Berkshire Hathaway’s Charlie Munger-backed outside fund manager Li Lu is quick to say, “The biggest risk in investing isn’t price volatility, but whether you’re going to suffer a permanent loss of capital “. When we think of a company’s risk, we always like to look at its use of debt, because over-indebtedness can lead to ruin. Above all, Clean Seas Seafood Limited (ASX:CSS) is in debt. But the more important question is: what risk does this debt create?
When is debt a problem?
Debt is a tool to help businesses grow, but if a business is unable to repay its lenders, it exists at their mercy. If things go really bad, lenders can take over the business. However, a more frequent (but still costly) event is when a company has to issue shares at bargain prices, permanently diluting shareholders, just to shore up its balance sheet. Of course, the advantage of debt is that it often represents cheap capital, especially when it replaces dilution in a business with the ability to reinvest at high rates of return. When we look at debt levels, we first consider cash and debt levels, together.
Our analysis indicates that CSS is potentially undervalued!
How much debt does Clean Seas Seafood have?
As you can see below, Clean Seas Seafood had A$5.29 million in debt in June 2022, up from A$20.4 million the previous year. However, he has A$13.0 million in cash to offset this, resulting in a net cash of A$7.69 million.
How healthy is Clean Seas Seafood’s balance sheet?
We can see from the most recent balance sheet that Clean Seas Seafood had liabilities of A$15.3m due within a year, and liabilities of A$3.39m due beyond . In return, he had A$13.0 million in cash and A$5.30 million in receivables due within 12 months. Thus, its liabilities outweigh the sum of its cash and (short-term) receivables of A$435,000.
This indicates that Clean Seas Seafood’s balance sheet looks quite strong, as its total liabilities roughly equal its cash. So while it’s hard to imagine the A$89.4 million company fighting for money, we still think it’s worth keeping an eye on its balance sheet. While it has liabilities to note, Clean Seas Seafood also has more cash than debt, so we’re pretty confident it can manage its debt safely.
Although Clean Seas Seafood posted a loss in EBIT last year, it was also good to see that it generated A$9.1 million in EBIT over the last twelve months. The balance sheet is clearly the area to focus on when analyzing debt. But ultimately, the company’s future profitability will decide whether Clean Seas Seafood can strengthen its balance sheet over time. So if you want to see what the professionals think, you might find this free analyst earnings forecast report interesting.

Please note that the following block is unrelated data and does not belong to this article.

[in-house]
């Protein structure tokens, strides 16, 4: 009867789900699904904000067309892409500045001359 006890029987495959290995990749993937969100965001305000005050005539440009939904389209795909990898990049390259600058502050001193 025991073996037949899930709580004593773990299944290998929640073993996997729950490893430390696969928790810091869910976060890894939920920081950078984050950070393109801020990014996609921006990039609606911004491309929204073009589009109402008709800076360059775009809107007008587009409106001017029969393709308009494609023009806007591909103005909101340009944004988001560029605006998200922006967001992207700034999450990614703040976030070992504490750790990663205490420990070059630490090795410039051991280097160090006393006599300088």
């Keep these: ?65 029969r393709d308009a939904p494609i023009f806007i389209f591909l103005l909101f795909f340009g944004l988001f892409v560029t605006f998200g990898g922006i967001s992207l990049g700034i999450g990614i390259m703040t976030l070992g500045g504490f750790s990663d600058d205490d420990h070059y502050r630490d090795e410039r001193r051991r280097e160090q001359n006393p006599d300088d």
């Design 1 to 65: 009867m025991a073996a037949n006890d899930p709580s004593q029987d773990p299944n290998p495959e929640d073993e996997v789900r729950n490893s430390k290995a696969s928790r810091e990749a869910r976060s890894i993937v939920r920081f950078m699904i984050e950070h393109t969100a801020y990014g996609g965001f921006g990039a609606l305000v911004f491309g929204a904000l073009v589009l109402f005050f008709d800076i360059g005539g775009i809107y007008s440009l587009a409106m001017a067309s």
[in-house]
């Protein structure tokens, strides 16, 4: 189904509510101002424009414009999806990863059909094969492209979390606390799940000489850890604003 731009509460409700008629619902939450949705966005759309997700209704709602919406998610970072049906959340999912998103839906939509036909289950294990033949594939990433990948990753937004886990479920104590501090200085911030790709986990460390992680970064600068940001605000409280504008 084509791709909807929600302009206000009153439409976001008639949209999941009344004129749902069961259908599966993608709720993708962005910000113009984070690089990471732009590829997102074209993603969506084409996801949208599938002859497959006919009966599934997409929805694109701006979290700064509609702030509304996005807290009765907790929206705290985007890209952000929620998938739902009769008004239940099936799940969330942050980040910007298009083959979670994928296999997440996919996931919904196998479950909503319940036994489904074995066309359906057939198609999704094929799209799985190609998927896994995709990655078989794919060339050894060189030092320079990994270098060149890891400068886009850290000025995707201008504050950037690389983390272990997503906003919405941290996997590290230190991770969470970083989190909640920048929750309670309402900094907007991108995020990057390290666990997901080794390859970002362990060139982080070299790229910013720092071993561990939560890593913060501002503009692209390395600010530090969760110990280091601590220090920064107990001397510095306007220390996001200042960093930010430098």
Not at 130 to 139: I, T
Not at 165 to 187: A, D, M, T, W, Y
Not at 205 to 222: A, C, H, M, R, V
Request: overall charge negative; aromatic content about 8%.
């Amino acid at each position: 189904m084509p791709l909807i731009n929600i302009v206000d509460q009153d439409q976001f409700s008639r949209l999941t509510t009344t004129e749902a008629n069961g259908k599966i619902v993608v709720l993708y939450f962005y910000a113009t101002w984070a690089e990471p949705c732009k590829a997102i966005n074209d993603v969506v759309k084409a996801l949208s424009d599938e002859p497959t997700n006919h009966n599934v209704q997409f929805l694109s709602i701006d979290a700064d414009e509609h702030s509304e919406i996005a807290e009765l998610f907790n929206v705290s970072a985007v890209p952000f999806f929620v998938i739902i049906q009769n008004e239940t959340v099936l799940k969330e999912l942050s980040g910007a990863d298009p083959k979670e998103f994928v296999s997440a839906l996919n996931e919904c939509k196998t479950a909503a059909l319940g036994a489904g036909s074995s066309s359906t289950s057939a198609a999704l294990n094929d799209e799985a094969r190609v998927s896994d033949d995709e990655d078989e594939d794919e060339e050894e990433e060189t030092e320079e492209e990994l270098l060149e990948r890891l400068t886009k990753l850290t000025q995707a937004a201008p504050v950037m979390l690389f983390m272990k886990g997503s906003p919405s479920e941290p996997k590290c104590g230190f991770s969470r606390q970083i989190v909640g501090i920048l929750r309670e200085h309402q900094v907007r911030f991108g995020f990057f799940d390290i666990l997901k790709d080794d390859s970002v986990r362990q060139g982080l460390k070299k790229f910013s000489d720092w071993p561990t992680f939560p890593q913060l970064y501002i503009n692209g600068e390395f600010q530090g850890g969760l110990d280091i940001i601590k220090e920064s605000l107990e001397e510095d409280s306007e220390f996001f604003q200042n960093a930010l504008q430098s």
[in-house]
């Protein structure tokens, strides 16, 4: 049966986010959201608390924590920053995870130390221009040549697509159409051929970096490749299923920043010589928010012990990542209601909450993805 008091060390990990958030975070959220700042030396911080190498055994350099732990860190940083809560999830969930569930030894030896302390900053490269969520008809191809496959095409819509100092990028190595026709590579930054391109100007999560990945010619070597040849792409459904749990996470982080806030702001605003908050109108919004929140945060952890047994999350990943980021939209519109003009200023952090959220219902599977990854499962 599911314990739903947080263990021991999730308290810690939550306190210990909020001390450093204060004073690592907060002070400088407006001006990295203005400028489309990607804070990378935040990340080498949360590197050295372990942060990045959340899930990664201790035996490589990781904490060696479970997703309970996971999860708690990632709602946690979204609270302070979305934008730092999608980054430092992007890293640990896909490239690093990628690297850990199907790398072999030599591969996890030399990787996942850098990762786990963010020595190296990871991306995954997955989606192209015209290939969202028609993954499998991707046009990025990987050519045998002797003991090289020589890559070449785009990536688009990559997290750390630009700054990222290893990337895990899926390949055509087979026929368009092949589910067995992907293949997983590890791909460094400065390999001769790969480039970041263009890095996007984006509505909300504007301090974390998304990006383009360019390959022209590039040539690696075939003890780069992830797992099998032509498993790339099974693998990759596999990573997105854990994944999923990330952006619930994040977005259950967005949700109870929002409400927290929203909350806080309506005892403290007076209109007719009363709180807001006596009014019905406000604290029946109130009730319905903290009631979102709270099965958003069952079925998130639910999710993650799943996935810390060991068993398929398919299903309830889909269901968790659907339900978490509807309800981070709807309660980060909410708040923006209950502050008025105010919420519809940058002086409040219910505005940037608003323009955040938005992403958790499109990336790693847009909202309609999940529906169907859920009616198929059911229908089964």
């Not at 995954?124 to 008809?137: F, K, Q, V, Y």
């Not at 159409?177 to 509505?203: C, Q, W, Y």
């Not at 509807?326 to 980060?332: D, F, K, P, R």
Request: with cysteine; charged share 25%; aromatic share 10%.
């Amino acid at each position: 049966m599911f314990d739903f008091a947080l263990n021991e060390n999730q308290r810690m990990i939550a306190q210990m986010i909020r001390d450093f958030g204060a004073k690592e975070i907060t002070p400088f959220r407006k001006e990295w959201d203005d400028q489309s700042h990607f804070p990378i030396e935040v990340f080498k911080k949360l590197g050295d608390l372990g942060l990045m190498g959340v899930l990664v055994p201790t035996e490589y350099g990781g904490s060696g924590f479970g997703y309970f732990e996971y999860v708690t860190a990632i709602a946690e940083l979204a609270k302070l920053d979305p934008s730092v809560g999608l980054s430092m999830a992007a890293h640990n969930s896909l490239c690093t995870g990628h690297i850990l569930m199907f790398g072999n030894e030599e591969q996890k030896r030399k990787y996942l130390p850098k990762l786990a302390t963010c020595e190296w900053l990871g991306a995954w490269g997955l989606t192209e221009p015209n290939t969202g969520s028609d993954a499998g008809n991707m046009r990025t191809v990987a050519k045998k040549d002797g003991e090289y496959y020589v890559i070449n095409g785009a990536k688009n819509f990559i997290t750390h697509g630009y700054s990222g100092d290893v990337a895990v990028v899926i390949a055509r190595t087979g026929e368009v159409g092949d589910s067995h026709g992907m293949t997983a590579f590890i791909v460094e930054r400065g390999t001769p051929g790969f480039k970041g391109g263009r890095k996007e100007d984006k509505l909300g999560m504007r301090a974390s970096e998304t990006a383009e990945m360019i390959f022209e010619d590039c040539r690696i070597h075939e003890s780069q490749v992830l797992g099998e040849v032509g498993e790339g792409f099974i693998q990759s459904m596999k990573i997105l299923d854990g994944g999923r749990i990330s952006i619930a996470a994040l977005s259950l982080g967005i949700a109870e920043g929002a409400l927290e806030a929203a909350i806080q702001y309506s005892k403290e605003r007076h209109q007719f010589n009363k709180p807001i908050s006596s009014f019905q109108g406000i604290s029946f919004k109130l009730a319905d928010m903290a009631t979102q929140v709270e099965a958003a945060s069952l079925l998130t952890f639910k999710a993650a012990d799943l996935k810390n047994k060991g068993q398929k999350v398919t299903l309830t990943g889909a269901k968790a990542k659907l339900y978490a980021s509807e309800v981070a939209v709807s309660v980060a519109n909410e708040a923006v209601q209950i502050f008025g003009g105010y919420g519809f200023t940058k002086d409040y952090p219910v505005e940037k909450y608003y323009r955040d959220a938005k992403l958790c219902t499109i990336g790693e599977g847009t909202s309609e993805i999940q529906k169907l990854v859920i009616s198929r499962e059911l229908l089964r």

Finally, while the taxman may love accounting profits, lenders only accept cash. Although Clean Seas Seafood has net cash on its balance sheet, it’s always worth looking at its ability to convert earnings before interest and taxes (EBIT) to free cash flow, to help us understand how quickly it’s growing. builds (or erodes) cash balance. Over the past year, Clean Seas Seafood has had negative free cash flow, overall. Debt is much riskier for companies with unreliable free cash flow, so shareholders must hope that past spending will produce free cash flow in the future.
While it’s always a good idea to look at a company’s total liabilities, it’s very reassuring that Clean Seas Seafood has A$7.69 million in net cash. We are therefore not concerned about the use of Clean Seas Seafood debt. When analyzing debt levels, the balance sheet is the obvious starting point. But at the end of the day, every business can contain risks that exist outside of the balance sheet. Be aware that Clean Seas Seafood displays 2 warning signs in our investment analysis and 1 of them is a little worrying…
If, after all that, you’re more interested in a fast-growing company with a strong balance sheet, check out our list of cash-flowing growth stocks without further ado.
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This Simply Wall St article is general in nature. We provide commentary based on historical data and analyst forecasts only using unbiased methodology and our articles are not intended to be financial advice. It is not a recommendation to buy or sell stocks and does not take into account your objectives or financial situation. Our goal is to bring you targeted long-term analysis based on fundamental data. Note that our analysis may not take into account the latest announcements from price-sensitive companies or qualitative materials. Simply Wall St has no position in the stocks mentioned.
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